"The Revenge of History is a frontal assault on the widely accepted idea that the East European revolutions of 1989 mark the death of socialism." "Alex Callinicos seeks to vindicate the classical Marxist tradition by arguing that socialism in this tradition can only come from below, through the self-activity of the working class. Stalinism from this standpoint was a counter-revolution, erecting at the end of the 1920s a state capitalist regime on the ruins of the radically democratic socialism briefly achieved in October 1917. Callinicos argues that the collapse of Stalinism at the end of the 1980s is one aspect of a world-wide transition from nationally organized to globally integrated capitalism. The result is likely to be greater economic and political instability. Against this background socialism -- in Marx's sense -- is all the more necessary. Callinicos contends that Marx's vision of a classless communist society would be both practically feasible and profoundly democratic." "He concludes that the collapse of Stalinism should be less the moment to abandon socialism than to resume unfinished business. Book jacket."--BOOK JACKET.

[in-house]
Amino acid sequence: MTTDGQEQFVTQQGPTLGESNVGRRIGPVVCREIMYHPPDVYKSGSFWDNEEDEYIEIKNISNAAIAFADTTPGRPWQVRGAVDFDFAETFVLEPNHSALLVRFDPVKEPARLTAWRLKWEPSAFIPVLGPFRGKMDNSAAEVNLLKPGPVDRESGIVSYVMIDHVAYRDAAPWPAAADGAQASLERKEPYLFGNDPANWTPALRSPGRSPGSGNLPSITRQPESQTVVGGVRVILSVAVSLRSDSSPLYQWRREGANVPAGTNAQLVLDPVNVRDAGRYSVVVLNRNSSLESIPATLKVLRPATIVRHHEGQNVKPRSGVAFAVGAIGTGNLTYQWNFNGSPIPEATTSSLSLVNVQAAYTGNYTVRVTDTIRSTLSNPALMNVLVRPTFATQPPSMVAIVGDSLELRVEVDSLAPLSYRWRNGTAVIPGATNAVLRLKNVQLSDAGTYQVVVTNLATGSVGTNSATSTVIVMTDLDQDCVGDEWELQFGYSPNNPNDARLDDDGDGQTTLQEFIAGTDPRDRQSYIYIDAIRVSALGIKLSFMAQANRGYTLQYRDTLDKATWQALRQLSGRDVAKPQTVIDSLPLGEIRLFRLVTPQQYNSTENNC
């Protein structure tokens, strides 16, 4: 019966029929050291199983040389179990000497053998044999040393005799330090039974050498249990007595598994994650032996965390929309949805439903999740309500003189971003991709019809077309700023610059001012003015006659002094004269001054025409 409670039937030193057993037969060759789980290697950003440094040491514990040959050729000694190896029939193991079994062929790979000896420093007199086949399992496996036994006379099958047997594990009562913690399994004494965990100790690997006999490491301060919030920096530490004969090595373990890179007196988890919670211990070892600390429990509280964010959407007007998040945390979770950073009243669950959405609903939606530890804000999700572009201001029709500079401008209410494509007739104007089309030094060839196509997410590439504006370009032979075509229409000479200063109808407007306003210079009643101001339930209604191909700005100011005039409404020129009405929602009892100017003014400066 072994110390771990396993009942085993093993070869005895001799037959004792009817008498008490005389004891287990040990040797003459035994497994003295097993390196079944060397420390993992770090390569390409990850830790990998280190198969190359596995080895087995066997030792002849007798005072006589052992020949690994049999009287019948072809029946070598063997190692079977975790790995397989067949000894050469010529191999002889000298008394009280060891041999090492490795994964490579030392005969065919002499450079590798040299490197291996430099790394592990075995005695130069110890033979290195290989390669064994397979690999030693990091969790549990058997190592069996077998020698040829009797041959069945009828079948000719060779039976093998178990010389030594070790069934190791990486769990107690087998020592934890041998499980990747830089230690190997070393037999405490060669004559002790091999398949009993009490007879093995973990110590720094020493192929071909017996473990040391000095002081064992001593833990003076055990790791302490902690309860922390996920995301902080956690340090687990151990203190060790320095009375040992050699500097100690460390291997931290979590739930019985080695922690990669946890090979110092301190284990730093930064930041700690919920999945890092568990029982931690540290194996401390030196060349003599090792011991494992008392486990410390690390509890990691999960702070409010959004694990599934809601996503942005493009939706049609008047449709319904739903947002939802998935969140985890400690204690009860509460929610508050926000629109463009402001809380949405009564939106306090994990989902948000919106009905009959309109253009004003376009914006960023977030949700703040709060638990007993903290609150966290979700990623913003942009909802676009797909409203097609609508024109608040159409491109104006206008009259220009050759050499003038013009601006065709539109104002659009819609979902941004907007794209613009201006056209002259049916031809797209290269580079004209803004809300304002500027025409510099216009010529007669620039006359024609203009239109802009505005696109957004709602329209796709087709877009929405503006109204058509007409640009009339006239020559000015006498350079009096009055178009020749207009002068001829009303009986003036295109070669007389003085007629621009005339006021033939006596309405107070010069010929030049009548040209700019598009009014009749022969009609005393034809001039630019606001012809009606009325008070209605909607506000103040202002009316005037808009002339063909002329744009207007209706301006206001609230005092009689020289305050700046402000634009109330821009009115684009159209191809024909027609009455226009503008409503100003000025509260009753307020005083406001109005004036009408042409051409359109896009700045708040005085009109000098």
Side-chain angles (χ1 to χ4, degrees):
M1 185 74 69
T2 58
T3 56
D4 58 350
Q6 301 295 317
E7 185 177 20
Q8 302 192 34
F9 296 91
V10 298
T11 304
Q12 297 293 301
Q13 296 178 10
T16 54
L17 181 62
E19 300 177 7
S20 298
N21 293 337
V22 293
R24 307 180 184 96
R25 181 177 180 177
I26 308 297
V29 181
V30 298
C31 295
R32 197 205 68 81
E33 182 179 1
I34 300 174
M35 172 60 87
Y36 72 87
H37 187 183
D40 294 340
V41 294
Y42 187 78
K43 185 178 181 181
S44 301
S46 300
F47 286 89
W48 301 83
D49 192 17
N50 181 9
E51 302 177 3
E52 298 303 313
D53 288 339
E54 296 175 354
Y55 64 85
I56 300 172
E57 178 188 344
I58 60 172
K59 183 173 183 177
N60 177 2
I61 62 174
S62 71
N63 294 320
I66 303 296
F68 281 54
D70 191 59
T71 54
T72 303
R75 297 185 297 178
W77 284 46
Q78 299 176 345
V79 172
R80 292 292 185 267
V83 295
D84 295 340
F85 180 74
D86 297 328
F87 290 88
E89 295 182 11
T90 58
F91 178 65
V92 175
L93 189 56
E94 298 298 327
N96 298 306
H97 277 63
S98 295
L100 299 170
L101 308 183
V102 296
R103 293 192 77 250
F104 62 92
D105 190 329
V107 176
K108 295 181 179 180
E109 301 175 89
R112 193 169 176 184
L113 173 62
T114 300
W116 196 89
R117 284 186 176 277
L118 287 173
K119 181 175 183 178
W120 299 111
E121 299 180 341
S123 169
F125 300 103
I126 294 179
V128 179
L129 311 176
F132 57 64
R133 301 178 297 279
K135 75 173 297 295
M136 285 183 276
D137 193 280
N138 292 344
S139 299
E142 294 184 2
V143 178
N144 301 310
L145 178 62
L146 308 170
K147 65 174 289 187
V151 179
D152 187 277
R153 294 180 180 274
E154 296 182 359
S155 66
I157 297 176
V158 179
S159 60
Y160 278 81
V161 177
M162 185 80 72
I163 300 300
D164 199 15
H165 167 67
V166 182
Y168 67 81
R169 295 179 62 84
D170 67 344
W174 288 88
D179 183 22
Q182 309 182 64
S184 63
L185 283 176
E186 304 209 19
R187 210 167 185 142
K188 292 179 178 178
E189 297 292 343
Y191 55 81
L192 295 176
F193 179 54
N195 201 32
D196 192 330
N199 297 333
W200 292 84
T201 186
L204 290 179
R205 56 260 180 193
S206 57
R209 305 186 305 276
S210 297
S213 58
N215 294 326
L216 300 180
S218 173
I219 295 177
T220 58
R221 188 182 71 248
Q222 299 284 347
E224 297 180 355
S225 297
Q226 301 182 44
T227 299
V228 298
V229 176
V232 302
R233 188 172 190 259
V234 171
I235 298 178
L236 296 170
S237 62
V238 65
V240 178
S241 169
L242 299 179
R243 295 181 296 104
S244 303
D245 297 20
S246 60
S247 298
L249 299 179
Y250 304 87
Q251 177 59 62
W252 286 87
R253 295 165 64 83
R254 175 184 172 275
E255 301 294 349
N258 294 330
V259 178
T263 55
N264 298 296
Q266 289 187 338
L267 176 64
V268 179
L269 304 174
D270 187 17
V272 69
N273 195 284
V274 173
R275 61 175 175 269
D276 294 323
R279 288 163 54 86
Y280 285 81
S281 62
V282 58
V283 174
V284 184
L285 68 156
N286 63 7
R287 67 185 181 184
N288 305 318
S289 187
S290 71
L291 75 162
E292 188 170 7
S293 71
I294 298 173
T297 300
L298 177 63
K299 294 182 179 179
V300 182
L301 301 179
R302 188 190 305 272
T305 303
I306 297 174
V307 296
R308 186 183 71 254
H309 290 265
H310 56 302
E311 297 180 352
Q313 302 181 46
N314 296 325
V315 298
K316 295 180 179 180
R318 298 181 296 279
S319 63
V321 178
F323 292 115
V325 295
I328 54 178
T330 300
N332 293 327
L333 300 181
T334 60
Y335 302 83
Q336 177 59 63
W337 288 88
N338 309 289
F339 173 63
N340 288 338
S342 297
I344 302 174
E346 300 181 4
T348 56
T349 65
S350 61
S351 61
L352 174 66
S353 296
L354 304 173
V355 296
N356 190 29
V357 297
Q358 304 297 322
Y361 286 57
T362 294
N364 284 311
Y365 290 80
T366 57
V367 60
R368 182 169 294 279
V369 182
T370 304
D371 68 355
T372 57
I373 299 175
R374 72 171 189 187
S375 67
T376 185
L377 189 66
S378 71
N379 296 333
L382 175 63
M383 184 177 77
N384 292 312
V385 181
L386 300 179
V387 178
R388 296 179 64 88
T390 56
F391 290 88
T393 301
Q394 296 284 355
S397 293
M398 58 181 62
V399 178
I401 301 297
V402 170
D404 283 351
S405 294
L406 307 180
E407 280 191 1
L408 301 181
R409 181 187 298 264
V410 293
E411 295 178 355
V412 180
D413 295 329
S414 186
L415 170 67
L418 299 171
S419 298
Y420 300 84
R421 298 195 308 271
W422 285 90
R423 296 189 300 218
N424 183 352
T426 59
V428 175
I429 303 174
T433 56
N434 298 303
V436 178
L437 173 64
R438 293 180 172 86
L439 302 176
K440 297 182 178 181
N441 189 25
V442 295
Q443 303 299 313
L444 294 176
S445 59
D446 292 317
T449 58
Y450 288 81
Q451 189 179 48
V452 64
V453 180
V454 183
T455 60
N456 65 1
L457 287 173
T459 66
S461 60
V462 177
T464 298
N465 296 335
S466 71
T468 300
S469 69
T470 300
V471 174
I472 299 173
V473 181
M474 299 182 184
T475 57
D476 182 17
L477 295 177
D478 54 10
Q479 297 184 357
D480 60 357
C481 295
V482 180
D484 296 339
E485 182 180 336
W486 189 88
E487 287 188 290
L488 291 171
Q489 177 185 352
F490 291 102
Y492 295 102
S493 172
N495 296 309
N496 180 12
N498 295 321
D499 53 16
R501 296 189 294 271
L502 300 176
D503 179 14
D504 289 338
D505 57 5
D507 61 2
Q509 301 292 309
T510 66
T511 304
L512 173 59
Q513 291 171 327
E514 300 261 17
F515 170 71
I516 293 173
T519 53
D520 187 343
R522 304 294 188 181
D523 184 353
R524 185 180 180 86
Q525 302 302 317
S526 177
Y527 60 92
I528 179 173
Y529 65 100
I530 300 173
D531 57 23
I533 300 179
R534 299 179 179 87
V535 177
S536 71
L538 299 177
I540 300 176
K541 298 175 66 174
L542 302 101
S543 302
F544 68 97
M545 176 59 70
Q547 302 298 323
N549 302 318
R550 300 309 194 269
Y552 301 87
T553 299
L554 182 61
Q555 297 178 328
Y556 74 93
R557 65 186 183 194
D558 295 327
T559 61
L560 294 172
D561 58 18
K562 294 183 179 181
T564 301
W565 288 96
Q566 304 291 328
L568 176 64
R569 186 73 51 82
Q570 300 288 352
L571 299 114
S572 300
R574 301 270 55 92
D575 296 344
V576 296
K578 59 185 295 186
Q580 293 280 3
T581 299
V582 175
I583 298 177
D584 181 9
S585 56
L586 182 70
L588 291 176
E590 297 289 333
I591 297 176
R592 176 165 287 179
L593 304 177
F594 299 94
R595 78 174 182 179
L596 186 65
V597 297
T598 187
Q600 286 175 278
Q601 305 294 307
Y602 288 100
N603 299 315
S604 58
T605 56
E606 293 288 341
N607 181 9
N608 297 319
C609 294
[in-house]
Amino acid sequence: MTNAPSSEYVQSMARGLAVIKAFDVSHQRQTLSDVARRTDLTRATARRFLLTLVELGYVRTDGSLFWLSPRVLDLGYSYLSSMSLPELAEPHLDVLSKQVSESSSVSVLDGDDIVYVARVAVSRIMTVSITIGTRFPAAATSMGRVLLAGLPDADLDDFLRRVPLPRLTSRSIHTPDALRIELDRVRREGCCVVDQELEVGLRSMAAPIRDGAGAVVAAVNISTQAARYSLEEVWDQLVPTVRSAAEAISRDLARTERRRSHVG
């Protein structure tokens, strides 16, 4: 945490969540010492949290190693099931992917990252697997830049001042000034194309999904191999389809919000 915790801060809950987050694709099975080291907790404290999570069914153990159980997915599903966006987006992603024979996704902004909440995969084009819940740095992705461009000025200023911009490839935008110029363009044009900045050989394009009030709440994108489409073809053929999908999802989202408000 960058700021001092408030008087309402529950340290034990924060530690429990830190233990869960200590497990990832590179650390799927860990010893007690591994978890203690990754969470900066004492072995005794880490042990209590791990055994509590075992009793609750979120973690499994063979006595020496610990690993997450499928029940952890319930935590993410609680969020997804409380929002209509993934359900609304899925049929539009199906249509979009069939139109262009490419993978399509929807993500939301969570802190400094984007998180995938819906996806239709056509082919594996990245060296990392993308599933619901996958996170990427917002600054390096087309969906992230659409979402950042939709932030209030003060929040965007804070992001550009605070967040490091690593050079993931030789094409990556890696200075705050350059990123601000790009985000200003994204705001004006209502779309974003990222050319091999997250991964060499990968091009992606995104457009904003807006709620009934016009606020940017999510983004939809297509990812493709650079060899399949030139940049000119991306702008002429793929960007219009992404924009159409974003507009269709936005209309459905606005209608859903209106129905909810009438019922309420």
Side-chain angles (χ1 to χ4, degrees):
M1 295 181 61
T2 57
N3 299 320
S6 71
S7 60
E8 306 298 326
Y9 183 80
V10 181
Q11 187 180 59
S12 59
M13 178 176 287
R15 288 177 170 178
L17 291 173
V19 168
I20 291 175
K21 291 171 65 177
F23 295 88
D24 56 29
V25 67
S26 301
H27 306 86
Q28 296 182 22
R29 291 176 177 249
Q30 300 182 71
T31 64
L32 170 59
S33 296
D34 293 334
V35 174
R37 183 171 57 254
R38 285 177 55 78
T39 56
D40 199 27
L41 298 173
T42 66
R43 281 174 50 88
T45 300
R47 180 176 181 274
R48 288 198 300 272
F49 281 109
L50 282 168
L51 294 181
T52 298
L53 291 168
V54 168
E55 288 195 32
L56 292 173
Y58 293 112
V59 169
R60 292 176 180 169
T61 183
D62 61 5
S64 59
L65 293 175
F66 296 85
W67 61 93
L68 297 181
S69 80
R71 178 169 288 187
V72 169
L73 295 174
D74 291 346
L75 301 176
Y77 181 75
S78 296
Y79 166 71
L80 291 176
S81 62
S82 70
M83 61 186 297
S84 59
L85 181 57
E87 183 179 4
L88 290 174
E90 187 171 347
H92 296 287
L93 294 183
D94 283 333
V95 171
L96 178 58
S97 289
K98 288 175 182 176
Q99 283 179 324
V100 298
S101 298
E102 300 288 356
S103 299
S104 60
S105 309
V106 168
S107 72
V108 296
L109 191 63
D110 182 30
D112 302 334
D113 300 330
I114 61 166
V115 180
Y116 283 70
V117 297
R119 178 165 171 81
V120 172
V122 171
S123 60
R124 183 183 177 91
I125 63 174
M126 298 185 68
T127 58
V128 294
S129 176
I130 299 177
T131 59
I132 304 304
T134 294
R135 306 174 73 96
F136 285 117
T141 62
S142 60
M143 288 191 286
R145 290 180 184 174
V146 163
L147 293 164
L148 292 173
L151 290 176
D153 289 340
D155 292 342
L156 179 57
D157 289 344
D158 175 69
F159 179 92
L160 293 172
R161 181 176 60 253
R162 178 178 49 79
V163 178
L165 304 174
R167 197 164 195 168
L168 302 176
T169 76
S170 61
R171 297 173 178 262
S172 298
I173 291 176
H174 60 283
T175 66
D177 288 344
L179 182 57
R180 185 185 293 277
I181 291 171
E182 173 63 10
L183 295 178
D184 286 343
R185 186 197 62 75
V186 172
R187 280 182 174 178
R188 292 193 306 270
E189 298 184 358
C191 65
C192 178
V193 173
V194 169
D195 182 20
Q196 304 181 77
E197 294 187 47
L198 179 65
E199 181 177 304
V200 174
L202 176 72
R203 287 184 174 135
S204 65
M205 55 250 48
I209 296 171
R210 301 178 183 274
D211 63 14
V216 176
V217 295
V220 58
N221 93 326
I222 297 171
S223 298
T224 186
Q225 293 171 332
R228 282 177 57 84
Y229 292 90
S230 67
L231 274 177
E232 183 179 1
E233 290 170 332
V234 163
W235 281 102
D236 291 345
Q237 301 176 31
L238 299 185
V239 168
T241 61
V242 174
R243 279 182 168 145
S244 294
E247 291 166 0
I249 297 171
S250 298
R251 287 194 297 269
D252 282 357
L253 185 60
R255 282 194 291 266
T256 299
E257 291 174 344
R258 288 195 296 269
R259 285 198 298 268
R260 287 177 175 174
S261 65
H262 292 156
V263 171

1. The End of Socialism? -- 1.1. The Inspired Frenzy of History -- 1.2. Farewell to Marx? -- 1.3. Marxism contra Stalinism -- 2. The Ancien Regime and the Revolution -- 2.1. Revolution and Counter-Revolution -- 2.2. The Contradictions of Authoritarian Reform -- 2.3. Political or Social Revolution? -- 3. The Triumph of the West? -- 3.1. Back to the Future? -- 3.2. The Great Illusion -- 4. Beyond the Market -- 4.1. The Necessity of Planning -- 4.2. Socialist versus Liberal Democracy -- 4.3. Towards Communism
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